A Short History of Revolutionary and Civil War Submarines
When I hear the word “submarine,” I think of something out of The Hunt For Red October. Yet sub-surface warfare predates the Cold War by over a century. In fact, the first conflict to put military submarines in action was the Revolutionary War, and it was the American Civil War which saw the world’s first spurt of successful submarine combat.
In 1775, Connecticut resident and Yale University science student David Bushnell constructed a one-man craft which was described as resembling “two upper shells of a tortoise joined together." Appropriately, it was dubbed the Turtle. An amazed George Washington called the project “an effort of genius.”
The Turtle was eventually lost when a vessel carrying it sank in the Hudson River, and when the War of 1812 cropped up, a new one-man submarine was crafted for the American cause by another Connecticut inventor named Silas Halsey. Halsey went down with his ship on the night of June 30, 1813. It wouldn’t be the last time a primitive submarine claimed the life of its builder.
Submarine building continued during the Civil War. The Confederates’ first underwater attack vessel—the CSS Pioneer—was built in New Orleans in 1862, but was later dismantled prior to the Union’s conquest of the city. Though it was never used, the new ship had dwarfed its forebears at 30 feet in length and could hold a whopping two crewmembers. The Pioneer II (also known as the American Diver) had a more hydrodynamic design and featured an expanded interior built for four to five men. But the American Diver met a watery grave in Alabama’s Mobile Bay during a test-run in 1863 (though her crew was rescued).
Meanwhile, the North was busily working on its own submarine. A Union sub called the USS Alligator was built and tested in 1861. Its greatest innovation was a sealable hatchway that would allow divers to exit the vessel underwater. In 1863, the unmanned 45-foot ship was lost at sea while being towed to Charleston, and has never been recovered despite decades of searching.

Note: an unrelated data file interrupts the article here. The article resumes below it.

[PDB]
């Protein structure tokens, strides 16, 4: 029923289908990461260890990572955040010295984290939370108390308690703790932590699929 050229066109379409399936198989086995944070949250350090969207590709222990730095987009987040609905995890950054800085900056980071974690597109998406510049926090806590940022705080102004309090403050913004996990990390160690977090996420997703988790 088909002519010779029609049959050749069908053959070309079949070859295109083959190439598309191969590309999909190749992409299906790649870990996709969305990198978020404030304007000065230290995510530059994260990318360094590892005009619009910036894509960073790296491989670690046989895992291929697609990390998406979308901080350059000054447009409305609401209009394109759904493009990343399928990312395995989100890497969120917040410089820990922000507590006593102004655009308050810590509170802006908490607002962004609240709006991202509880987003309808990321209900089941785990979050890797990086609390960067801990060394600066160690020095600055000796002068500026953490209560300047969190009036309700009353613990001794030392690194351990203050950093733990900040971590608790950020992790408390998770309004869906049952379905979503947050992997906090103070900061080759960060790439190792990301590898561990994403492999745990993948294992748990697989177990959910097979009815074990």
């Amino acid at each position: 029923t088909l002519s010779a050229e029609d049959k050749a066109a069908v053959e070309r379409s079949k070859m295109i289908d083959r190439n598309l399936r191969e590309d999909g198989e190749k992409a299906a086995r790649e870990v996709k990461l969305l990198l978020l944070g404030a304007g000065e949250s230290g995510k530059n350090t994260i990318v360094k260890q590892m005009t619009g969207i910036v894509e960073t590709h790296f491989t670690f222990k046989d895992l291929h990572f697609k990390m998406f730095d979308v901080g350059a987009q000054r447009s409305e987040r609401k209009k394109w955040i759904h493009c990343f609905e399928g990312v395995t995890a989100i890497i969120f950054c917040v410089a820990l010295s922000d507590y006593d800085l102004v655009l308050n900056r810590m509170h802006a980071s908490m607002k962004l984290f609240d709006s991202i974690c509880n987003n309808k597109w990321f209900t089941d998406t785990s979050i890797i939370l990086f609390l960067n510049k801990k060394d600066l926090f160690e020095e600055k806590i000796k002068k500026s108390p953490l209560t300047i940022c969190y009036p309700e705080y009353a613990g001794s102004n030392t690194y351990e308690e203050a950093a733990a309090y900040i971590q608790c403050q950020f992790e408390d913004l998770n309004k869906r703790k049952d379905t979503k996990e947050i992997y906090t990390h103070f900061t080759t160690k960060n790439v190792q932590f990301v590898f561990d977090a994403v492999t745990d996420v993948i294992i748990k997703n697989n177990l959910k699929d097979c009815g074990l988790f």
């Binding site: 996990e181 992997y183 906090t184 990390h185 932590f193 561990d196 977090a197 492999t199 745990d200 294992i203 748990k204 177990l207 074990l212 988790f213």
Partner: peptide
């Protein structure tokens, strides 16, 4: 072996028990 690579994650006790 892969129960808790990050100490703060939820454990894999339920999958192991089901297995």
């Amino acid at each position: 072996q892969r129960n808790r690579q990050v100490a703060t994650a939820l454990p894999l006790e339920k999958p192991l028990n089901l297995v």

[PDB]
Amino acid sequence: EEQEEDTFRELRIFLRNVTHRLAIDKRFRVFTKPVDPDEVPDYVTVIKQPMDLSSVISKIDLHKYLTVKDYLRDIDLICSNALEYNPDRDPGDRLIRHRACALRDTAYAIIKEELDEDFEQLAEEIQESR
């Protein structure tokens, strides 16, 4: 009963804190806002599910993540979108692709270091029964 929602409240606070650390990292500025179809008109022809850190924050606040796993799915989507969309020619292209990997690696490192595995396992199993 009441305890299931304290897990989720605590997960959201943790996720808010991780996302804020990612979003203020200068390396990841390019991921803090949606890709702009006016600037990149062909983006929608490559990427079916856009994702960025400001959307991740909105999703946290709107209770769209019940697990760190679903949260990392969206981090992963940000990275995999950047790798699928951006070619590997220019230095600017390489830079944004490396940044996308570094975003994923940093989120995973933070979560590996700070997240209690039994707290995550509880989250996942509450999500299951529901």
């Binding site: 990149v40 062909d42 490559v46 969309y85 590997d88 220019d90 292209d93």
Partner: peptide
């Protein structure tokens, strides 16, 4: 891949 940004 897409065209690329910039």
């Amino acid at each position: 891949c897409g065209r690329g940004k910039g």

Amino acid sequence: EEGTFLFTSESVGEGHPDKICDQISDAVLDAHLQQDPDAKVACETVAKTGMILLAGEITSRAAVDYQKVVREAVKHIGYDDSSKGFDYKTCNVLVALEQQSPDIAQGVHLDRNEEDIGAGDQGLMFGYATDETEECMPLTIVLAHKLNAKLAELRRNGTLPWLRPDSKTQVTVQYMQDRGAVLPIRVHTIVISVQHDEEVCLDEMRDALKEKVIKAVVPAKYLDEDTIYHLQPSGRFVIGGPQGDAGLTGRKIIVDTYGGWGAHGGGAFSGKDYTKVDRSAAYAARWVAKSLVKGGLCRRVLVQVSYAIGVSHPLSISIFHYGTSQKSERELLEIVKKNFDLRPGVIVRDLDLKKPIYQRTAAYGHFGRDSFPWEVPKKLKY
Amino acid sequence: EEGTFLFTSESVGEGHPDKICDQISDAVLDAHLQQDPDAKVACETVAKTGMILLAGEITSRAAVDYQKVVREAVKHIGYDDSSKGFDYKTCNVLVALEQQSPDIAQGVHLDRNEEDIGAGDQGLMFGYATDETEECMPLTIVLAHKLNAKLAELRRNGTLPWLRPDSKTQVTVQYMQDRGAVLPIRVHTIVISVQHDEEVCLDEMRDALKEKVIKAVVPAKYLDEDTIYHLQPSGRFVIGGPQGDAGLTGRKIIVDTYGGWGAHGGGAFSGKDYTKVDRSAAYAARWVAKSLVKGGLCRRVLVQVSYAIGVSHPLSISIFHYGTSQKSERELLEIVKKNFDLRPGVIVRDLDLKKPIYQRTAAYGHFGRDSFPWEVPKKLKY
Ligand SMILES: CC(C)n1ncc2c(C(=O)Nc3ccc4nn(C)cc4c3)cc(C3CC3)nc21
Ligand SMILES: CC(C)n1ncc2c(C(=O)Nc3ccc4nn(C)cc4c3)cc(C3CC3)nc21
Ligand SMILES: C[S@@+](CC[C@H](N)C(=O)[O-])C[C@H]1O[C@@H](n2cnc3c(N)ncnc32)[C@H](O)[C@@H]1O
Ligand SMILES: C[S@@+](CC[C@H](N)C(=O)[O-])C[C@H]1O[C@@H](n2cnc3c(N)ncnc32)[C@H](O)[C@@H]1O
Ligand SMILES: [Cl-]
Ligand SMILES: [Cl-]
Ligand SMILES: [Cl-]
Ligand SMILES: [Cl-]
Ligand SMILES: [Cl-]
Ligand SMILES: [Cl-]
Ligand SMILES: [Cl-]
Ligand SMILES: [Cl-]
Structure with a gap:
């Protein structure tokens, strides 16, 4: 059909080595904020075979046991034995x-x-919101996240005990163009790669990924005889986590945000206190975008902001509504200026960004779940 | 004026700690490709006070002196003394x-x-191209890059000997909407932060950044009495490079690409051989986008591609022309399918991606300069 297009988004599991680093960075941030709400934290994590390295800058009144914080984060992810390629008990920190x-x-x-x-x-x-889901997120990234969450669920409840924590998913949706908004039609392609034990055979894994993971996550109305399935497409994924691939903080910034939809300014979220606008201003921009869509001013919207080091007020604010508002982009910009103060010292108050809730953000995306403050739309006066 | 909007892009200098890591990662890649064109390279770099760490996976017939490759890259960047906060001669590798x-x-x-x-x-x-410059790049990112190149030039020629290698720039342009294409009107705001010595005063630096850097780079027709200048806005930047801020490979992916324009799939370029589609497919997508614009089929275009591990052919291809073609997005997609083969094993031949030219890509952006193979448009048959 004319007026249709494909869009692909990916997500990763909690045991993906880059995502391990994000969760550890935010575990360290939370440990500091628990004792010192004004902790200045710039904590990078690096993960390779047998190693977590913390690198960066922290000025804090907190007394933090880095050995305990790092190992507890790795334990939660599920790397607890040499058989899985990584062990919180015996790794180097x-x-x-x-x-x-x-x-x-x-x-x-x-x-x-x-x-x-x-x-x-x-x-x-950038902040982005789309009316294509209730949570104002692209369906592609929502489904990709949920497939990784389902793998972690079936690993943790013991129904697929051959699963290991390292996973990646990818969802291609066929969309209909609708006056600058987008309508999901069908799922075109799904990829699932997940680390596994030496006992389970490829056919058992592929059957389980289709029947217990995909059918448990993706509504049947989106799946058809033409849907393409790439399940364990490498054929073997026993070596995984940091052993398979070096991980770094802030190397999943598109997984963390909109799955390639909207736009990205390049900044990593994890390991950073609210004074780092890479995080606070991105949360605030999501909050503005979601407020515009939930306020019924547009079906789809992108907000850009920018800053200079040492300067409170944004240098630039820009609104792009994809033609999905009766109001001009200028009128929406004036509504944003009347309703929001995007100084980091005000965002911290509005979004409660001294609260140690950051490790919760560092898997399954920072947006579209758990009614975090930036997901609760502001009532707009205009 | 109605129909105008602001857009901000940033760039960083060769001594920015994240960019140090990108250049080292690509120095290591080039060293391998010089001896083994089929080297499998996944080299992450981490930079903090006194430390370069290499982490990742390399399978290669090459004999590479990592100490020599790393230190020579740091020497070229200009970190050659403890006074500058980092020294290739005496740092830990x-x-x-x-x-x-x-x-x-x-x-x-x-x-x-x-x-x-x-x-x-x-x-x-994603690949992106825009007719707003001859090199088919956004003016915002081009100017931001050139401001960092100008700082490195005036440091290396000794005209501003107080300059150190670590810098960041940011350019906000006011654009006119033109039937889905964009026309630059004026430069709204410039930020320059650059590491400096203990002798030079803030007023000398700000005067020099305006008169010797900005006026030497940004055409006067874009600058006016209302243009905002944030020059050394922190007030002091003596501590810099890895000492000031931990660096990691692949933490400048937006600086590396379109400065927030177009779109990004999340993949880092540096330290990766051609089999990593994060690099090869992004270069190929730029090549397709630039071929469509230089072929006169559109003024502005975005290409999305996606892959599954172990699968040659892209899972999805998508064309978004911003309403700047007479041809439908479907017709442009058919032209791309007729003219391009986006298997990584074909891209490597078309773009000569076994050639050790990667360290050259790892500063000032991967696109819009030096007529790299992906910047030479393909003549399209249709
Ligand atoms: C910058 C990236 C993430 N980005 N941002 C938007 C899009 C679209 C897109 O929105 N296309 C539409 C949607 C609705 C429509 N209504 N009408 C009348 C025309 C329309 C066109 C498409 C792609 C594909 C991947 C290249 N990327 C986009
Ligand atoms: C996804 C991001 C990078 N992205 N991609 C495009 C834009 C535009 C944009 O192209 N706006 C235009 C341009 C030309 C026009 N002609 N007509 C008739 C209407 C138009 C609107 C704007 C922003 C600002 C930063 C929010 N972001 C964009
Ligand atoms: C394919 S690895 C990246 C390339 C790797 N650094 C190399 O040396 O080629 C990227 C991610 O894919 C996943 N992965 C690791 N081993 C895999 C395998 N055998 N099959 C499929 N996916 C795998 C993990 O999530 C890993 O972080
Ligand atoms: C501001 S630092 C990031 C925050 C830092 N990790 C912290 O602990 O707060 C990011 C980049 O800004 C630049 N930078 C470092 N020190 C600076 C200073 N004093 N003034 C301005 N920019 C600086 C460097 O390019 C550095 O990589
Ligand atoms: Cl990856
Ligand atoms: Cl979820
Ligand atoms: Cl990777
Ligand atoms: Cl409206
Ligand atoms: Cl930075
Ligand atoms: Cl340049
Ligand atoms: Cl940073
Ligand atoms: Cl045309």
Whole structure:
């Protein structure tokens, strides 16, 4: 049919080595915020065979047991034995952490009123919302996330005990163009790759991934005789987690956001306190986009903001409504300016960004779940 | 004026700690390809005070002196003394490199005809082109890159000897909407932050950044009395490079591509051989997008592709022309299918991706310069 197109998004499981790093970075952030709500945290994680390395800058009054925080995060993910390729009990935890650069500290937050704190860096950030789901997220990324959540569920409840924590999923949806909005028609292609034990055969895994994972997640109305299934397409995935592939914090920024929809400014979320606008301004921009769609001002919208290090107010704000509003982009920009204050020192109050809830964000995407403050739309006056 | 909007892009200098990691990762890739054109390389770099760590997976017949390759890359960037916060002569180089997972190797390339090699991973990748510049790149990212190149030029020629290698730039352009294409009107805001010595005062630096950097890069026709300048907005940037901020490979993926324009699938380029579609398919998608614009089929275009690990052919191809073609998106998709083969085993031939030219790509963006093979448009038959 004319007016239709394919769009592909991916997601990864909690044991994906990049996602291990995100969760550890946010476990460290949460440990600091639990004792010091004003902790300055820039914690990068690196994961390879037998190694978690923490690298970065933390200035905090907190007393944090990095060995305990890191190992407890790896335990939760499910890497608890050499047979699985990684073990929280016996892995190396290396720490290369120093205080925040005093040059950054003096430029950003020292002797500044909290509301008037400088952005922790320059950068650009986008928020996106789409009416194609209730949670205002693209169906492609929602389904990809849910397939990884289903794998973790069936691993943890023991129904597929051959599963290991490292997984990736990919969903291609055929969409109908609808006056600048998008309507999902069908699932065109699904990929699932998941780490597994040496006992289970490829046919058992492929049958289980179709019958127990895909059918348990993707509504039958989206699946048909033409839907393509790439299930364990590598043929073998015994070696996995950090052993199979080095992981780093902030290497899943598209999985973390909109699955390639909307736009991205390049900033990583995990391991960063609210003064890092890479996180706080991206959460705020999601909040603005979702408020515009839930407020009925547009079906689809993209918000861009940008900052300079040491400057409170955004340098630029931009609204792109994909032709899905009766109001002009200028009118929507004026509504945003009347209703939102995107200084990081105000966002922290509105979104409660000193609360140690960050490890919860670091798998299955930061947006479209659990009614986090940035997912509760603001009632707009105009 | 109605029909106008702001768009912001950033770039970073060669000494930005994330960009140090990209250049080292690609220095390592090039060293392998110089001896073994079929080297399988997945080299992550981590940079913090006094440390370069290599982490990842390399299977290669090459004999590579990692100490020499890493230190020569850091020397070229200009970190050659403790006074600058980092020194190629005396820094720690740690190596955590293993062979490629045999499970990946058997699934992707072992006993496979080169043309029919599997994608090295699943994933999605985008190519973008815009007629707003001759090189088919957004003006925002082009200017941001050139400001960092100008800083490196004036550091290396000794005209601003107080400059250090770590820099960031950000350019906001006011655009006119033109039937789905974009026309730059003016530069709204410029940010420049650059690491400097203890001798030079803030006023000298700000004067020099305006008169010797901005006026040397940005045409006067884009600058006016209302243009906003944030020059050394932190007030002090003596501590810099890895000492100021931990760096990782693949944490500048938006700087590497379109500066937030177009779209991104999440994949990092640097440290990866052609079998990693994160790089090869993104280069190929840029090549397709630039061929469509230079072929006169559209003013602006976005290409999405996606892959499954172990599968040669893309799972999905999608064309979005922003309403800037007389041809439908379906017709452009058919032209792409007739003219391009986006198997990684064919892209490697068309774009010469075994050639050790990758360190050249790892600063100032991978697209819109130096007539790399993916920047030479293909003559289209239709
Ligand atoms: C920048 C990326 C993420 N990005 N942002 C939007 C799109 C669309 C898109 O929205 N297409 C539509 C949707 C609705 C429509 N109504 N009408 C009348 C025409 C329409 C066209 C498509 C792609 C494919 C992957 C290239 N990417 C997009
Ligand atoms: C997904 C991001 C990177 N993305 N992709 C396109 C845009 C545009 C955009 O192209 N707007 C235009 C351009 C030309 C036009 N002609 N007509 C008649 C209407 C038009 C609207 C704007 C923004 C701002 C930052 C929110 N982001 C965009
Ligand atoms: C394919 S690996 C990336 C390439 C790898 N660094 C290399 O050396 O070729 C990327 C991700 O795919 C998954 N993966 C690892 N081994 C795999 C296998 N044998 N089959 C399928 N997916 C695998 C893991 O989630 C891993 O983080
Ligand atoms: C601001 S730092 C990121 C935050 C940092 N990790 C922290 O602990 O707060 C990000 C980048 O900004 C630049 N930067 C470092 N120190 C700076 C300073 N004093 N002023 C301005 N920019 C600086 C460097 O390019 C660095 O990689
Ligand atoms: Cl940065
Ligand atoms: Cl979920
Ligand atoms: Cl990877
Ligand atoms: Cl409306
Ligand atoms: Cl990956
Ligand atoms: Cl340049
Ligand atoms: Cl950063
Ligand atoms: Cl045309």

Later that year, a vastly-improved ship named the H.L. Hunley was built. At nearly 40 feet in length and 7.5 tons in weight, the vessel was intended for a crew of eight: one man would steer while his companions would sit along a wooden bench and manually rotate a crankshaft that turned the propeller.
The H.L. Hunley sank twice during its training period, killing most or all of its crew on each occasion, including her designer and namesake Horace Hunley on the second attempt. But she was recovered each time, and finally embarked on her first mission on the night of February 17, 1864.
The task was to destroy a Union vessel in the blockade of Charleston’s outer harbor. To accomplish this, a 17-foot-long spar had been fitted to the Hunley’s bow, with a barbed container of explosives secured to its tip. The stealthy vessel deposited its torpedo upon the USS Housatonic, which sank after the resulting explosion—the first ship in world history to be capsized by a submarine attack. For unknown reasons, the Hunley herself also sank shortly thereafter.
The Hunley was eventually rediscovered in 1970. Thirty years later, after extensive archaeological analysis, she was finally brought back to the surface, and is undergoing further study in the Warren Lasch Conservation Center. Plans for a permanent museum are currently being laid out.